- The act of interpreting ... through the Preamble-inspired prism of the common good, and with a more Blackstonian conception ... can often help to narrow down a provision’s interpretive endpoint possibilities ....
- ... political and judicial ac- tors utilizing common good originalism can then attempt to construct the soundest distillation of a genuinely common good-oriented jurisprudence ....
- Some concrete examples will hopefully help demystify and explicate.
- ... at the time of its ratification, “the First Amendment ... recognized only a few established rules, leaving broad latitude for the people and their representa- tives to determine which regulations of expression would promote the public good.” [emphasis added]
- A natural corollary is that natural law-undergirded substantive argumentation about the moral worth of any particular flavor of speech is wholly appropriate.
- At the time of the Founding, the “freedom to express thoughts [in writing] . . . was limited to honest statements—not ef- forts to deceive others.”
- This had strong implications for the Sedition Act ... in the eyes of leading Federalists .... [does not take a position on the Sedition Act]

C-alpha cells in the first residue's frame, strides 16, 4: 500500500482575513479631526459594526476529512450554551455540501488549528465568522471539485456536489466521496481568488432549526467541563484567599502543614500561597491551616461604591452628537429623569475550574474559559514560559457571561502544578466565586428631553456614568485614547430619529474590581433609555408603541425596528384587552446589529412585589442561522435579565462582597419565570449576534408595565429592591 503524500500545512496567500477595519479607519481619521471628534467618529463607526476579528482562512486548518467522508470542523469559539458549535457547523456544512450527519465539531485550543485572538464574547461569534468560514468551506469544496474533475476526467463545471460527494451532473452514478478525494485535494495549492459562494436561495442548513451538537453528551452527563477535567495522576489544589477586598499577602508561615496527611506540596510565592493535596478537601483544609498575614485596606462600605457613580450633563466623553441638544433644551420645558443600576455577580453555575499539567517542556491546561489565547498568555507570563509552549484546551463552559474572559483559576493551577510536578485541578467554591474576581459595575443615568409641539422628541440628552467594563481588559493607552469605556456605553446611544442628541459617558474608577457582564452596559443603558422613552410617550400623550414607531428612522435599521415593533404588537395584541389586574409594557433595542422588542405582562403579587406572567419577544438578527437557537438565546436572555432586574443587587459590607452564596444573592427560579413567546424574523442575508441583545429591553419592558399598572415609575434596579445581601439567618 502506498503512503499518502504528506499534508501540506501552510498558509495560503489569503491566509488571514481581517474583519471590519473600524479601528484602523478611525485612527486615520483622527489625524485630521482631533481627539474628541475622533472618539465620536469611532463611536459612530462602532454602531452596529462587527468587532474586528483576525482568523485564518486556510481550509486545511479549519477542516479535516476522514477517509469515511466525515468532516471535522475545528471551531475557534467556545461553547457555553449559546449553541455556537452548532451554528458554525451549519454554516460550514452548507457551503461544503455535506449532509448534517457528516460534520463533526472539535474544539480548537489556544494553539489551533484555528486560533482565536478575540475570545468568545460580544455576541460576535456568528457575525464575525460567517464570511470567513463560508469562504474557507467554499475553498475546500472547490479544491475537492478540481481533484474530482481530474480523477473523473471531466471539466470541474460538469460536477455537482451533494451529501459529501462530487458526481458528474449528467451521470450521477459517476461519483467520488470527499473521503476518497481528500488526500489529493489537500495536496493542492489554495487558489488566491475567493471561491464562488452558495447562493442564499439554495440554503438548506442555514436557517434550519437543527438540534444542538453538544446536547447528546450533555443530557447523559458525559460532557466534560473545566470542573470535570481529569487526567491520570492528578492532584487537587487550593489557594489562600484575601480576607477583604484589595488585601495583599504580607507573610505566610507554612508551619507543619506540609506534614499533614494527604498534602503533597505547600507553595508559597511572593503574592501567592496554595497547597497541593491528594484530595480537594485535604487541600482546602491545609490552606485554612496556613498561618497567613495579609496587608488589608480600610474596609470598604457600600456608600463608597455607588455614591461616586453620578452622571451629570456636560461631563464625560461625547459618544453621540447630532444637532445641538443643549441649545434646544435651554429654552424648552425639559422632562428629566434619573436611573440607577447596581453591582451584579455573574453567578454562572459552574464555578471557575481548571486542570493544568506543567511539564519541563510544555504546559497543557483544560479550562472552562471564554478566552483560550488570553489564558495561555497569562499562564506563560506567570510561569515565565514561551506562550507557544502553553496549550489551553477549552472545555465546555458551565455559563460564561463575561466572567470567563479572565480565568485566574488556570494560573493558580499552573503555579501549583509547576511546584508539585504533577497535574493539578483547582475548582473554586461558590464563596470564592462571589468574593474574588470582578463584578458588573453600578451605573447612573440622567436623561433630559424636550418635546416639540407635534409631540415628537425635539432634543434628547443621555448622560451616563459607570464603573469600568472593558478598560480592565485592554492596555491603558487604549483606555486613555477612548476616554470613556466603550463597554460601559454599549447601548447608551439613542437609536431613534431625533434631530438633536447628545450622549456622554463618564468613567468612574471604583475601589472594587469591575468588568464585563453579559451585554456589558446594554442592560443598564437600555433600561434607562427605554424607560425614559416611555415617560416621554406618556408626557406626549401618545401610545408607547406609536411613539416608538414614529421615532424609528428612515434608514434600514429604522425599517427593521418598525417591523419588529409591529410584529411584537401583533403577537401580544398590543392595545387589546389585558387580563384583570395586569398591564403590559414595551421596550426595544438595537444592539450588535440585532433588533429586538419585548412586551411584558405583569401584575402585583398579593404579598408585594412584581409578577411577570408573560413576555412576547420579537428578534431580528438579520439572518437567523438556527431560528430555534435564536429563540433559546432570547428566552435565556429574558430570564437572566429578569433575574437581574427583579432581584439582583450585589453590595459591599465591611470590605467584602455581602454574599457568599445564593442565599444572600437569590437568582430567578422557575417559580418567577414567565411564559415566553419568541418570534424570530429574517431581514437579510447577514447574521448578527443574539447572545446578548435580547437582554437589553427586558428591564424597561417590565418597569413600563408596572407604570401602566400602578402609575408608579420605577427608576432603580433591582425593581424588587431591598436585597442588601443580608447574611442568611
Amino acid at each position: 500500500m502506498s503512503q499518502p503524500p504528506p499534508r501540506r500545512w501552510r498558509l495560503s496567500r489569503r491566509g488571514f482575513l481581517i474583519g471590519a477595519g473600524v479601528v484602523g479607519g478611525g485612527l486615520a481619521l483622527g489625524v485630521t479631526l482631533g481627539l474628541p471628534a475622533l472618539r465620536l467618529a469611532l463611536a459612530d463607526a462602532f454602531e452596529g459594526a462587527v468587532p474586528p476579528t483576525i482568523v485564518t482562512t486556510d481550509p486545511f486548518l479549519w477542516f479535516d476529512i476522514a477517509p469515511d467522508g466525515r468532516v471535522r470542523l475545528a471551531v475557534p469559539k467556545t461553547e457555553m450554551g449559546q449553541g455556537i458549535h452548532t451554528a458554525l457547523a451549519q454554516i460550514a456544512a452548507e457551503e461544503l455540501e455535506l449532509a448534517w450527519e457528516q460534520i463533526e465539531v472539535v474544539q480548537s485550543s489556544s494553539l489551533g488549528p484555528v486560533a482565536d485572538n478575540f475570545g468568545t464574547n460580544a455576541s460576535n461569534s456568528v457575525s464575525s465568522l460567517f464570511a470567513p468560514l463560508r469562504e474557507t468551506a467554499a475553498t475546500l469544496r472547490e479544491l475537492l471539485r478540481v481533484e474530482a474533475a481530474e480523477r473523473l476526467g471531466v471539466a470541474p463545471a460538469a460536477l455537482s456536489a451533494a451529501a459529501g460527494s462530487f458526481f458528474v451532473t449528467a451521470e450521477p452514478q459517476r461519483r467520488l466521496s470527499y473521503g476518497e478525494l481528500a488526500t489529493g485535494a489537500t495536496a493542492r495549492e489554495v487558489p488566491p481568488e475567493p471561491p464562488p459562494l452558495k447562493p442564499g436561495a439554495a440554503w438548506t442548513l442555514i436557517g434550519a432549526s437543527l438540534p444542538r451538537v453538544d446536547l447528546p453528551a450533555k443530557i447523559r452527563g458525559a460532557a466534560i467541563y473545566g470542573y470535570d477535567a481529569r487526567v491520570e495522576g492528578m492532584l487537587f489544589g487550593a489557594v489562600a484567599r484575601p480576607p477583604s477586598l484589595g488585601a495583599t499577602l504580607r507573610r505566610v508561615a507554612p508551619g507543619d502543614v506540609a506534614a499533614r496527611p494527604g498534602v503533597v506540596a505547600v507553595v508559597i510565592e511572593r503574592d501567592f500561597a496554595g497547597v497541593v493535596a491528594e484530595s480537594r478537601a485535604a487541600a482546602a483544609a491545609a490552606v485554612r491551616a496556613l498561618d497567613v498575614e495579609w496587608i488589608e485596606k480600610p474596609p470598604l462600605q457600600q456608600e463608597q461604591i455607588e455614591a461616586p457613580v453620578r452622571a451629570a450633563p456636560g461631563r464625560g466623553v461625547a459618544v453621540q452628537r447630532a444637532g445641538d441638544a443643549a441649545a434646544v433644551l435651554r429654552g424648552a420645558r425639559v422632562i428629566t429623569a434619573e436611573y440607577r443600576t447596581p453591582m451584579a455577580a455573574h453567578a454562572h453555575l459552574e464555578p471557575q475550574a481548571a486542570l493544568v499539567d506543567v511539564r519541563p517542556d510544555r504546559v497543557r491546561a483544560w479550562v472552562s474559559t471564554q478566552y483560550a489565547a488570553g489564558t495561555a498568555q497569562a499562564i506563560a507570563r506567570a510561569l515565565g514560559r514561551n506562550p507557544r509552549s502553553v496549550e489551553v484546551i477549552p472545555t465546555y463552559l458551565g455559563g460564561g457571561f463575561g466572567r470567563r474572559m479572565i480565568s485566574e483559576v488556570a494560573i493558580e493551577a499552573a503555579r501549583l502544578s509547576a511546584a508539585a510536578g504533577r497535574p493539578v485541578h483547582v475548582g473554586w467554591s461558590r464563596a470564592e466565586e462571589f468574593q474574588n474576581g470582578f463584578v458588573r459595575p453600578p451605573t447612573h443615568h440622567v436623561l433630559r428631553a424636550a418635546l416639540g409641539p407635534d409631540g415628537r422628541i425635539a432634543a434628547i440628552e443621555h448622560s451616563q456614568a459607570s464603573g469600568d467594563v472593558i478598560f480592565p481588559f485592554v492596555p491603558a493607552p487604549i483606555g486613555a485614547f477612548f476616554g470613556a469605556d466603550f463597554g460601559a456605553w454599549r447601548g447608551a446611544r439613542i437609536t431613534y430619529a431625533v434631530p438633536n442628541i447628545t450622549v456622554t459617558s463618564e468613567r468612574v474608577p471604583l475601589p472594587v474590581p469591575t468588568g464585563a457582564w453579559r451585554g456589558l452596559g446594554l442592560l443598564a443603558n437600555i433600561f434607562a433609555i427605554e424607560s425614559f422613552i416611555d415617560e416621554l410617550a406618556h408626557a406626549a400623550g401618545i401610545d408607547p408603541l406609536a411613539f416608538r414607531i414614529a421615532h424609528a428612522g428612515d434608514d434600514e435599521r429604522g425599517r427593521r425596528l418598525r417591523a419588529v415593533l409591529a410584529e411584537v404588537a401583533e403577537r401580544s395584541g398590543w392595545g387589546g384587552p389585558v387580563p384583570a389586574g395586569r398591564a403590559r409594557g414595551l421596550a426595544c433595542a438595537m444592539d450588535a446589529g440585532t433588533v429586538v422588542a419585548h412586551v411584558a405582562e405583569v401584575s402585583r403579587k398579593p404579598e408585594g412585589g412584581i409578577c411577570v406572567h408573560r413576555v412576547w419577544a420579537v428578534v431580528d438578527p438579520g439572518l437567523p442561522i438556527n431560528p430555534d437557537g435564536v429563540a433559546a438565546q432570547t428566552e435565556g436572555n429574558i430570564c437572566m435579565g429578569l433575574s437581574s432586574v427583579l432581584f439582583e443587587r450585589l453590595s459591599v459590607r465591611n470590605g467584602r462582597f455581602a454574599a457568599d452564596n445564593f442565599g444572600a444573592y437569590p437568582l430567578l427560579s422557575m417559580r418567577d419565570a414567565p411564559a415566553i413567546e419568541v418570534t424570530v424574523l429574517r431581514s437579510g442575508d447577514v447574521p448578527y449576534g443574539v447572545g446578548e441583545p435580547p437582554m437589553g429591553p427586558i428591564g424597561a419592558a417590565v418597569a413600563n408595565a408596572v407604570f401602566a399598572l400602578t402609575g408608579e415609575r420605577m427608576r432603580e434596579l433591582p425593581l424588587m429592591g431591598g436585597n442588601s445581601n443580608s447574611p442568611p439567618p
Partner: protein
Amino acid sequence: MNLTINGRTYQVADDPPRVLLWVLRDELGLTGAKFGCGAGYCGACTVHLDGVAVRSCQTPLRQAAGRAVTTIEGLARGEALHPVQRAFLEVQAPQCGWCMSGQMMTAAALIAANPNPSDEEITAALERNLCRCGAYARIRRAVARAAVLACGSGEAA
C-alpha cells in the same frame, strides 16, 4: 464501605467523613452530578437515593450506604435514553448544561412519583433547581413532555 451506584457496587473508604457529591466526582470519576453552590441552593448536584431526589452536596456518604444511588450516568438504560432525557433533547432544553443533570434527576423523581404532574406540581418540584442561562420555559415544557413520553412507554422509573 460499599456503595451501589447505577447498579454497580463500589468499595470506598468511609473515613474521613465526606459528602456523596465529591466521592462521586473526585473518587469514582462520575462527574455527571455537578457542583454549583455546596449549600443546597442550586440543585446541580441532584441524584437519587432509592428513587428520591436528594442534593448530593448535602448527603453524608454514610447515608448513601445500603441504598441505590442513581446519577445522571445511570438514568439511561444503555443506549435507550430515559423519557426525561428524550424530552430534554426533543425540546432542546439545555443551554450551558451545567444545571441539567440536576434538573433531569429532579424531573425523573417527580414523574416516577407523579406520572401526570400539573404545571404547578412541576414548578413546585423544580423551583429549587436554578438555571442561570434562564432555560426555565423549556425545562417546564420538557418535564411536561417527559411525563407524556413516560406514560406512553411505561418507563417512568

- ... “that every author is responsible when he attacks the security or welfare of the government or the safety, character, and property of the individual”118—ought to be revitalized ....
- ... the Fourth Amendment sought to remedy—in other words, its ratio legis—was the noxious practice of the “general warrant,” wherein a government agent was afforded wide latitude to search or seize unspecified places or persons.
- In the realm of Fourth Amendment jurisprudence, then, judges implementing an approach of common good originalism should be highly deferential to the good-faith, “reasonable,” split-second, on- the-spot decisions of law enforcement officers.
- Next consider the Eighth Amendment’s ban on the government infliction of “cruel and unusual punishments.” [emphasis added]
- ... common good originalism generally comfortable deferring to the good-faith republican or plebiscitary decisions of those tasked with deciding the propriety and probity of the death penalty, as well as the specific methods employed therein when the practice is bestowed legitimacy in the first instance.
- ... generally best left to be determined, within reason, by majorities acting within their legitimate spheres of influence as agents of a sovereign people.
- abortion Here, common good originalism ... according to which state-sanctioned abortion is itself unconstitutional, regardless of what plebiscitary majorities purport to decide. [emphasis added]
- Fourteenth Amendment-mandated birthright citizenship Here too, common good originalism would more readily support Professor Eastman’s argument .... [emphasis added] [OMITS Eastman's conclusion "In other words, birthright citizenship is contrary to the principle of consent that is one of the bedrock principles of the American regime."